Theory and applications of higher-order network models

Lead Research Organisation: University of Strathclyde
Department Name: Mathematics and Statistics


Networks (or graphs) provide a useful modelling tool to describe very different complex systems, from brains and ecosystems to social organisations, financial markets, transportation systems, and power grids, to name a few. Since these complex systems consist of entities that interact or relate to each other, network models represent them as graphs where the components are described as vertices and the edges capture pairwise (dyadic) interactions between them. One of the main strengths of these models is in their ability to relate the structure of systems to their dynamic; for example, a communication network of a community of people may provide insights into how a new idea spreads across the members of such a community, since the network is the mean that allows the information to flow.
On the other hand, a fundamental shortcoming of current network models is their inability to appropriately capture higher-order interactions, i.e., those interactions that occur between more than two components. For example, consider three people, named A, B, and C, that collaborate together. A standard network would model this triadic interaction using three pairs, namely (A, B), (B, C), and (C, A). However, the relationship between these people would be better represented using a single interaction, (A,B,C), that standard network model cannot store. This exemplifies something that has become more and more apparent with the advent of big data and the growing evidence that these often present several instances of group-based interactions, which standard network models fail to capture.
The aim of this project is to model, describe, and apply new classes of network models that effectively capture higher-order interactions occurring in complex systems; this will in turn allow for a better understading of the behavior and dynamics of such systems.
A key reason for the limited number of higher-order network models is that data is often collected in a pairwise format: higher-order information is disregarded at the data-collection stage. However, this limitation can sometimes be overcome by using the metadata accompaining the experimental information; For example, collaborative relationships among more than two authors can be recovered by looking at the authors list of the papers they have co-authored.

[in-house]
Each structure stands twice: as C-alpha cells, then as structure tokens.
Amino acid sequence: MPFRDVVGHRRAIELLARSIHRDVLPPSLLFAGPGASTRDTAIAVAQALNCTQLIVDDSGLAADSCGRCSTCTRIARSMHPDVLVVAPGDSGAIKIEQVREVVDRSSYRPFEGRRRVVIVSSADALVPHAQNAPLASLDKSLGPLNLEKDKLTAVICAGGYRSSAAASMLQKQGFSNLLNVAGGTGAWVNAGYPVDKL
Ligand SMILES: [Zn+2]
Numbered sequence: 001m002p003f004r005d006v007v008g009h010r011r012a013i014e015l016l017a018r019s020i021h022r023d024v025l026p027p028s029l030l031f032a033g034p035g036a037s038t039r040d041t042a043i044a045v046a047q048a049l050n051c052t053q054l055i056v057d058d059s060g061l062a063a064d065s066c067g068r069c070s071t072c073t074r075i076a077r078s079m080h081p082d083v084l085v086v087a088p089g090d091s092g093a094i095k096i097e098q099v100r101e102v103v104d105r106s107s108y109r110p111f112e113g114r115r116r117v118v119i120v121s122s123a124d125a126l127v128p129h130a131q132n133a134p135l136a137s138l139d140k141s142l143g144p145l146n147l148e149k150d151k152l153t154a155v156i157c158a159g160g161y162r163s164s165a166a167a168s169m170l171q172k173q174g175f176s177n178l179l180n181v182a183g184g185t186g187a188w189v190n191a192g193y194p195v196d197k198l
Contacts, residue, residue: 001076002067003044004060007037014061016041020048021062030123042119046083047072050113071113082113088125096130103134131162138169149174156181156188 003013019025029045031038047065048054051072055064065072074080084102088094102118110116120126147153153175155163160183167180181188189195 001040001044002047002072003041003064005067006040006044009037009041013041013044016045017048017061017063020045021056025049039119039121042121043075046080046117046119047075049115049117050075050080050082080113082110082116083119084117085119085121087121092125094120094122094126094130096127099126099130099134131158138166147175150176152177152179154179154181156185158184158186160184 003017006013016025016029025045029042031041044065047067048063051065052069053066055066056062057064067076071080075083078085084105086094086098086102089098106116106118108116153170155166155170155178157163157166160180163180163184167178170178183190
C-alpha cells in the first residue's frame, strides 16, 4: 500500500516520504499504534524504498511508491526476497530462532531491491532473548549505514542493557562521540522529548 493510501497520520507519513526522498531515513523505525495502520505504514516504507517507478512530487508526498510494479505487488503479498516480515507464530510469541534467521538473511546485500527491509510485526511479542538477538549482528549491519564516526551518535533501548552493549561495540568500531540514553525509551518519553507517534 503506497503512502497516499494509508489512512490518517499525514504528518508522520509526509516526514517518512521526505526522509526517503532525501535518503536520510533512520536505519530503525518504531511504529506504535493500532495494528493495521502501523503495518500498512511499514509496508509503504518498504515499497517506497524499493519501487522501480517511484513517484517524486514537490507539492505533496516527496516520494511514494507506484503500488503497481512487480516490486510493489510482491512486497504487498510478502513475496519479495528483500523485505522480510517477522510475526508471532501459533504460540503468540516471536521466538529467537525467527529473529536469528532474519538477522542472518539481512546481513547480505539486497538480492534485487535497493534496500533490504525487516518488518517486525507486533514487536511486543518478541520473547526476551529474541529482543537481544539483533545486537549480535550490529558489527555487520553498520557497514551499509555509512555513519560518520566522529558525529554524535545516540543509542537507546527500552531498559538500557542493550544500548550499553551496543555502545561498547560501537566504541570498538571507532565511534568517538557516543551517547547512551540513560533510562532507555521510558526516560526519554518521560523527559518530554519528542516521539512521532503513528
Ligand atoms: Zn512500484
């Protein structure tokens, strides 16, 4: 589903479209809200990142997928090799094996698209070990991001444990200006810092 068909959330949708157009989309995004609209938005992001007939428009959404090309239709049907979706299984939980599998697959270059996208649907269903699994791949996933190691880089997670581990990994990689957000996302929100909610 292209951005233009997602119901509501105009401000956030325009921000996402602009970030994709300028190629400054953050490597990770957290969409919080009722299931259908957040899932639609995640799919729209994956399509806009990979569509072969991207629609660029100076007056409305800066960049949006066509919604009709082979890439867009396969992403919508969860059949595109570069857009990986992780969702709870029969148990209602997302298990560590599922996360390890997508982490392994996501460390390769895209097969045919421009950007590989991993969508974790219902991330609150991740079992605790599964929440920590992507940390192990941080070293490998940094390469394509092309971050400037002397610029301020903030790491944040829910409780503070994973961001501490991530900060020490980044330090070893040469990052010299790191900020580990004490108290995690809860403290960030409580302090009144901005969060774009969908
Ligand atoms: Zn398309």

The main modelling tool that will be used is simplicial complexes from algebraic topology. Simplices generalize line segments in higher-dimensional spaces and thus can be effectively used to represent many-body interactions. A simplicial complex is then just a collection of 'connected' simplices.
The theory developed will provide a theoretical framework for analytical tools that will allow to quantify the importance of components within the network, as well as to identify large-scale structures (e.g., clusters of densely connected components) in terms of higher-order interactions.
The theory will be equipped with a set of computationally efficient algorithms that will ensure wide applicability of the introduced techniques, especially for large datasets.
The developed techniques will be tested against standard network models and other available higher-order representations of networks, including tensor representations.
This studentship will contribute to understanding how to incorporate and take advantage of higher-order information in networks modelling complex systems. It will develop mathematical, statistical, and computational tools for analysis of higher-order interactions and open up novel data analytics for relational data. The wide applicability of the theory and algorithmics developed will allow testing on publicly available real-world data.


10 25 50

Studentship Projects

Project Reference Relationship Related To Start End Student Name
EP/T517938/1 01/10/2020 30/09/2025
2434800 Studentship EP/T517938/1 01/10/2020 31/07/2024 Stephen Adair